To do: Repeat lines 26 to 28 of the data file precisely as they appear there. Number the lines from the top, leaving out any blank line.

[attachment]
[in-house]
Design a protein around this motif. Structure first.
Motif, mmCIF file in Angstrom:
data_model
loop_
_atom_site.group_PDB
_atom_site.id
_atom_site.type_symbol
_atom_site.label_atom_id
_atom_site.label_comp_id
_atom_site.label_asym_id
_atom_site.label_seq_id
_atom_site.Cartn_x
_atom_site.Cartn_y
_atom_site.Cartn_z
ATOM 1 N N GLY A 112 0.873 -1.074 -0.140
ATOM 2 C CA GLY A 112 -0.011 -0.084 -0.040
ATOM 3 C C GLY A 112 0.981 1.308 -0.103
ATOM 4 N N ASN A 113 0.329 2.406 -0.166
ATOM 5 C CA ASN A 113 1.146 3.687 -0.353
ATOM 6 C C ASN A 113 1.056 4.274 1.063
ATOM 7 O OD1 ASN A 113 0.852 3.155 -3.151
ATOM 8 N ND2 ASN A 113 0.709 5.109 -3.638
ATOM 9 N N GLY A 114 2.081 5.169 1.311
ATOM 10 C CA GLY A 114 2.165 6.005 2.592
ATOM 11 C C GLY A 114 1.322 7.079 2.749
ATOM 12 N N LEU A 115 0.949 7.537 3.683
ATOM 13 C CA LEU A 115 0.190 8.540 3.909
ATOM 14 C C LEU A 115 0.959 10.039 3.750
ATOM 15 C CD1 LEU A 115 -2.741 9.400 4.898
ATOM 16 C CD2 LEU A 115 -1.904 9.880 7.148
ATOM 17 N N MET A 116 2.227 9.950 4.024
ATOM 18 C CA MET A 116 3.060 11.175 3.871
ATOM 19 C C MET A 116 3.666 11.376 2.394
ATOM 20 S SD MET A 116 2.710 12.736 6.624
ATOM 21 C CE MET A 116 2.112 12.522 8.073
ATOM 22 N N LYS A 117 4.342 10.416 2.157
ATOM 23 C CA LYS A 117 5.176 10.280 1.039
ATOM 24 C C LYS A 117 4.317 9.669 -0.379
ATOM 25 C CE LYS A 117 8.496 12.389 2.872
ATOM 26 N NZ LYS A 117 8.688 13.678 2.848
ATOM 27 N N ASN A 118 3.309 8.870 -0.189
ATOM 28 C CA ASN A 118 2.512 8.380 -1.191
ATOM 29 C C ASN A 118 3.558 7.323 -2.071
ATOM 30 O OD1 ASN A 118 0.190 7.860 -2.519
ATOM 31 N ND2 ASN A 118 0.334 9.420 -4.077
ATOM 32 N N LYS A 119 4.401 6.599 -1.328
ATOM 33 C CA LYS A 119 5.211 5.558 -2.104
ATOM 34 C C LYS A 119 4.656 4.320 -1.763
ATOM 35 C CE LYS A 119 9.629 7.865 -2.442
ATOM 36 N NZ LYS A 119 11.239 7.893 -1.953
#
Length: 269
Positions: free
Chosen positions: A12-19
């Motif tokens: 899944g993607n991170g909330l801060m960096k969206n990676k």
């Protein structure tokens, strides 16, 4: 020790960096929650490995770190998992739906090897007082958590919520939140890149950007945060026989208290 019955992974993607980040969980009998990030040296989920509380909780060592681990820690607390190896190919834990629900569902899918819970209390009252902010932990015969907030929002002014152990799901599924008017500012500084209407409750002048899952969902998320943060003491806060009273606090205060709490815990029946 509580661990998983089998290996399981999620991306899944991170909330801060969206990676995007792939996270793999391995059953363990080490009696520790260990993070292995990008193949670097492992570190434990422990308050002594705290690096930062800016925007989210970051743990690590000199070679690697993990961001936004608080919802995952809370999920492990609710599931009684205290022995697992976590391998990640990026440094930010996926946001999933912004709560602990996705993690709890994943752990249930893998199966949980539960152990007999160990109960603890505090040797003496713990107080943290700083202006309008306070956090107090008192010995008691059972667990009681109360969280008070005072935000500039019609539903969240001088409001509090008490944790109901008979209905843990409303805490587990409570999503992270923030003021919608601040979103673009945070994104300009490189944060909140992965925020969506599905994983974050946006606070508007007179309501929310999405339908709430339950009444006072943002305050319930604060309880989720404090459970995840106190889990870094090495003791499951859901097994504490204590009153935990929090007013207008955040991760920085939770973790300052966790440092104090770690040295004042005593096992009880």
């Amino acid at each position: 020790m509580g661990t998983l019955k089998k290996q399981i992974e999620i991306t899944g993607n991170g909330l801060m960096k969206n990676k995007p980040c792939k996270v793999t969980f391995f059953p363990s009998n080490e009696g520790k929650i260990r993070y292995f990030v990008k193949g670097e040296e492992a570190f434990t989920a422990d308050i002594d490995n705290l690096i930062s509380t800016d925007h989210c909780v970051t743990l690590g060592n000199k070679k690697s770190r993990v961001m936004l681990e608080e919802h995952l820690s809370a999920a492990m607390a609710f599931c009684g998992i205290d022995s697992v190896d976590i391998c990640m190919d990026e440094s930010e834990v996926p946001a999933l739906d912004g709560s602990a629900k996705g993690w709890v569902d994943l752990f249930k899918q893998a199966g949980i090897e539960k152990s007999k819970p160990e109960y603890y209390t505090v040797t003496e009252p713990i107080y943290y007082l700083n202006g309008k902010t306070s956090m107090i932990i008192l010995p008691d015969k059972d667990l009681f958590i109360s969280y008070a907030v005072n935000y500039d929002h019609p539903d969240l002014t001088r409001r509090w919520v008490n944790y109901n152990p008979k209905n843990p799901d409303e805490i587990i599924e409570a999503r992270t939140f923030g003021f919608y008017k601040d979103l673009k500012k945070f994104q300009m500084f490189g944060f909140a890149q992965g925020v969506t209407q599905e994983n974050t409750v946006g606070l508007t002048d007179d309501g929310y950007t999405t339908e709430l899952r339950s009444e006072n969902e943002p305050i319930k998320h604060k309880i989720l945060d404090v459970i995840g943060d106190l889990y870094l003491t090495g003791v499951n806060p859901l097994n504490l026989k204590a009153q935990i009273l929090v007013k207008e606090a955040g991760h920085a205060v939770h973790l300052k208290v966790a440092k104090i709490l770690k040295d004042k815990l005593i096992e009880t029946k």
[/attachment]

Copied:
ATOM 11 C C GLY A 114 1.322 7.079 2.749
ATOM 12 N N LEU A 115 0.949 7.537 3.683
ATOM 13 C CA LEU A 115 0.190 8.540 3.909